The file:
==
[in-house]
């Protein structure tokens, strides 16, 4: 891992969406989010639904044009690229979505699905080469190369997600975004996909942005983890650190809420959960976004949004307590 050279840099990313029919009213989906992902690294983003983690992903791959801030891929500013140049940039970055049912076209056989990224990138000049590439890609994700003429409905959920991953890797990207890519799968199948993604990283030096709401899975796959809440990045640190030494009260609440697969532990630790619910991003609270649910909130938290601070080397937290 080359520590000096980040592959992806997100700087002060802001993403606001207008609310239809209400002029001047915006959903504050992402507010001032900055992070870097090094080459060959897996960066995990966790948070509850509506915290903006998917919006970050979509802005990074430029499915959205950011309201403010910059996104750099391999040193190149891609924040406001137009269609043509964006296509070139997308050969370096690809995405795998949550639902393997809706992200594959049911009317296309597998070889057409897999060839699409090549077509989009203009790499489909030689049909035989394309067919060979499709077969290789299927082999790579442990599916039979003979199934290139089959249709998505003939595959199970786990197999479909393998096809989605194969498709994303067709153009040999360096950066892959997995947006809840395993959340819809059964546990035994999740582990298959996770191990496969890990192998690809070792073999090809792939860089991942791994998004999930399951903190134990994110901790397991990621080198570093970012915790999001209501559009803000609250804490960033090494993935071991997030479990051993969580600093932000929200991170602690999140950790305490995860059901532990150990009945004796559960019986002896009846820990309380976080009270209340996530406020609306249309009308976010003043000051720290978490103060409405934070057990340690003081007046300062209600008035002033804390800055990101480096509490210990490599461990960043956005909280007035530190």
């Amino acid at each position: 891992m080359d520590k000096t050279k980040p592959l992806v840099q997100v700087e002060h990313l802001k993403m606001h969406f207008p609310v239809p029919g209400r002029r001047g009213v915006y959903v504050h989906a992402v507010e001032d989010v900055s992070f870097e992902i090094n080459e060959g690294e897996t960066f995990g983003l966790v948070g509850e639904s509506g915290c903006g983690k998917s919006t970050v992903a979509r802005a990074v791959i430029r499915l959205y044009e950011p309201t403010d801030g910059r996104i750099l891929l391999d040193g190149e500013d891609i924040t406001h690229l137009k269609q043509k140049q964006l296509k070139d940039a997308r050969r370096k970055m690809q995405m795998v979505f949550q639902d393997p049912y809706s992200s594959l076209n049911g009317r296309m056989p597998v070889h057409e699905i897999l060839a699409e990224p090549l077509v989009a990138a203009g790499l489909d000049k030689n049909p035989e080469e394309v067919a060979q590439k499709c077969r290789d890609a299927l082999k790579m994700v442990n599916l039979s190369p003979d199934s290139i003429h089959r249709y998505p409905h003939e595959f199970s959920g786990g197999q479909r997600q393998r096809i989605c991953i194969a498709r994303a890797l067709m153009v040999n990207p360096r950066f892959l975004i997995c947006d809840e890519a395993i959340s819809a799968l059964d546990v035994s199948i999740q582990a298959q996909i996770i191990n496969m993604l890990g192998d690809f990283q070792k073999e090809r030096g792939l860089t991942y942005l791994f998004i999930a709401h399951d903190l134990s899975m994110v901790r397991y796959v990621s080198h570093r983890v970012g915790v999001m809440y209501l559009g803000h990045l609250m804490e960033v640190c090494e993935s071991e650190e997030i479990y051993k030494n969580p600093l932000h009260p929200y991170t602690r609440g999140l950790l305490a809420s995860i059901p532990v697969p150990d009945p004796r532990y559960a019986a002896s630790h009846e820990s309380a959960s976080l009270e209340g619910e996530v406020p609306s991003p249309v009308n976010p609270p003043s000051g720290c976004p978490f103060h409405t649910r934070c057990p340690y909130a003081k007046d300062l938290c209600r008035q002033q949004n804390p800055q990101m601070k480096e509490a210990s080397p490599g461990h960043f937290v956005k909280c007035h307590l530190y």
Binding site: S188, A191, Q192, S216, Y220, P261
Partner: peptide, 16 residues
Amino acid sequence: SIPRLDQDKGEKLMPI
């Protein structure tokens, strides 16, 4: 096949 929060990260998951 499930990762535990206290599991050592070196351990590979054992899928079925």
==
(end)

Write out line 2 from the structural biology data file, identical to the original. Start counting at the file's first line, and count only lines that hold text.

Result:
């Protein structure tokens, strides 16, 4: 891992969406989010639904044009690229979505699905080469190369997600975004996909942005983890650190809420959960976004949004307590 050279840099990313029919009213989906992902690294983003983690992903791959801030891929500013140049940039970055049912076209056989990224990138000049590439890609994700003429409905959920991953890797990207890519799968199948993604990283030096709401899975796959809440990045640190030494009260609440697969532990630790619910991003609270649910909130938290601070080397937290 080359520590000096980040592959992806997100700087002060802001993403606001207008609310239809209400002029001047915006959903504050992402507010001032900055992070870097090094080459060959897996960066995990966790948070509850509506915290903006998917919006970050979509802005990074430029499915959205950011309201403010910059996104750099391999040193190149891609924040406001137009269609043509964006296509070139997308050969370096690809995405795998949550639902393997809706992200594959049911009317296309597998070889057409897999060839699409090549077509989009203009790499489909030689049909035989394309067919060979499709077969290789299927082999790579442990599916039979003979199934290139089959249709998505003939595959199970786990197999479909393998096809989605194969498709994303067709153009040999360096950066892959997995947006809840395993959340819809059964546990035994999740582990298959996770191990496969890990192998690809070792073999090809792939860089991942791994998004999930399951903190134990994110901790397991990621080198570093970012915790999001209501559009803000609250804490960033090494993935071991997030479990051993969580600093932000929200991170602690999140950790305490995860059901532990150990009945004796559960019986002896009846820990309380976080009270209340996530406020609306249309009308976010003043000051720290978490103060409405934070057990340690003081007046300062209600008035002033804390800055990101480096509490210990490599461990960043956005909280007035530190």